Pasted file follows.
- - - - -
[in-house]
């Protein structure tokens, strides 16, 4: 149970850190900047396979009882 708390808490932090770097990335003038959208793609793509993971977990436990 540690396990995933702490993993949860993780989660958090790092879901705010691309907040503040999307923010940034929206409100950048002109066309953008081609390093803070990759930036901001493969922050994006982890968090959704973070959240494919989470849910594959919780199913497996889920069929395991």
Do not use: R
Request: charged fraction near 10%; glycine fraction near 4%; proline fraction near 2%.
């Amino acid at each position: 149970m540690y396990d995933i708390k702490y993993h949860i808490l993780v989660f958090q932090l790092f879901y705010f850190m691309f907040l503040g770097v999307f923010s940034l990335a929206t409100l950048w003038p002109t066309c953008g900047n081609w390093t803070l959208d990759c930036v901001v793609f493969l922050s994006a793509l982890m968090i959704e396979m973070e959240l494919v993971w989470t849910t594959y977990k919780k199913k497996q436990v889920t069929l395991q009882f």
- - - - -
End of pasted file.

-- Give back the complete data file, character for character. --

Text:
[in-house]
């Protein structure tokens, strides 16, 4: 149970850190900047396979009882 708390808490932090770097990335003038959208793609793509993971977990436990 540690396990995933702490993993949860993780989660958090790092879901705010691309907040503040999307923010940034929206409100950048002109066309953008081609390093803070990759930036901001493969922050994006982890968090959704973070959240494919989470849910594959919780199913497996889920069929395991």
Do not use: R
Request: charged fraction near 10%; glycine fraction near 4%; proline fraction near 2%.
């Amino acid at each position: 149970m540690y396990d995933i708390k702490y993993h949860i808490l993780v989660f958090q932090l790092f879901y705010f850190m691309f907040l503040g770097v999307f923010s940034l990335a929206t409100l950048w003038p002109t066309c953008g900047n081609w390093t803070l959208d990759c930036v901001v793609f493969l922050s994006a793509l982890m968090i959704e396979m973070e959240l494919v993971w989470t849910t594959y977990k919780k199913k497996q436990v889920t069929l395991q009882f």